Rehabilitation of captive Chimpanzees (Pan troglodytes verus)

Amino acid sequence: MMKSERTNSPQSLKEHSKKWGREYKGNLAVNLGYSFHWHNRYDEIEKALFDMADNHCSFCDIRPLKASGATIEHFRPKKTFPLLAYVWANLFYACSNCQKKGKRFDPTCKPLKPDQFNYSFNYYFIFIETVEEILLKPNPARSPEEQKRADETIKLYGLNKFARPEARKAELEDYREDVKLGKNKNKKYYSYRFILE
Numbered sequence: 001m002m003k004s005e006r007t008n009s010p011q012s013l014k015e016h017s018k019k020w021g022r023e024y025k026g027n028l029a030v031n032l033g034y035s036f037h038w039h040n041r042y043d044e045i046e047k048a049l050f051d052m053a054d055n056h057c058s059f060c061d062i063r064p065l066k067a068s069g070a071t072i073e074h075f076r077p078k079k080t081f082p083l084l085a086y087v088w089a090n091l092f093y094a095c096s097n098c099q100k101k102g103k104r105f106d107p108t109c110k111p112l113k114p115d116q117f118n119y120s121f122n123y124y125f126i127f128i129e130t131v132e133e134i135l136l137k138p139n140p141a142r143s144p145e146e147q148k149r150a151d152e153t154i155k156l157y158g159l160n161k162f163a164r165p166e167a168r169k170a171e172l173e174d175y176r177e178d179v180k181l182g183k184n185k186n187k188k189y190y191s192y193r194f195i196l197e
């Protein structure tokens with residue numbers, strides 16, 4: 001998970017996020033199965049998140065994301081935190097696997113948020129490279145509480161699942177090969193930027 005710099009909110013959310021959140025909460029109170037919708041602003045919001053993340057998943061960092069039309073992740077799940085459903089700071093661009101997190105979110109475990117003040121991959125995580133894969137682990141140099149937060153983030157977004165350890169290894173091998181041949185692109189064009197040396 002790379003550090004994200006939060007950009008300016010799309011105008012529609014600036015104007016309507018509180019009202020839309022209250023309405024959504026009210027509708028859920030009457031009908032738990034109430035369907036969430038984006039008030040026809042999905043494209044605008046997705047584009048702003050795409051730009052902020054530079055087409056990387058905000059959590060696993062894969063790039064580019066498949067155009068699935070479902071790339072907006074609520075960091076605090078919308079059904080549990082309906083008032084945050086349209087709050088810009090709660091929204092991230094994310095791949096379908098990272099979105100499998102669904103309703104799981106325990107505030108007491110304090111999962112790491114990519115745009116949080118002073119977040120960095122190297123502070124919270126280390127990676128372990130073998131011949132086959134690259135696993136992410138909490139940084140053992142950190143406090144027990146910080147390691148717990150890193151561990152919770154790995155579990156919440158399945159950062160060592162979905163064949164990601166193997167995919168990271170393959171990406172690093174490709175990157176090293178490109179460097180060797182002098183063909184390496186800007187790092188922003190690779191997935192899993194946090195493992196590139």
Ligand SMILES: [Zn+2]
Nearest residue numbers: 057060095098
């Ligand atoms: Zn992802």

The behaviour of 48 chimpanzees (Pan troglodytes verus) was studied over 27 months in Liberia, West Africa. The chimpanzees were first studied while they were housed in groups in enclosures in a medical research institute, and then after their release onto a 9.7 ha offshore island. When the chimpanzees were observed in captivity, data on social behaviour were collected with the use of check sheets and ad libitum notes. Data were collected on aggression, social grooming, social play, sexual behaviour, and individual spacing. After release onto the island, data on both social and subsistence behaviour were collected with the use of ad libitum notes. Both changes in social behaviour and in the development of subsistence behaviour were observed following release of the chimpanzees onto the island. Rates of aggression decreased following release, whereas rates of social grooming increased. Rates of social play decreased overall, but this was due to a decrease in social play by adults. Stereotyped or abnormal behaviour shown by some subjects declined. Subsistence behaviours which were observed following release were foraging for naturally occurring foods (leaves, fruits, seeds, and nuts), ant-eating, and tool-use for nut-cracking. Some subjects were also seen building sleeping-nests in trees. The chimpanzees also split into subgroups (including consortships) which showed similar trends in size and composition to those observed in wild populations of chimpanzees. Some techniques found to be useful during the release process are discussed, and the study is compared to previous primate release projects.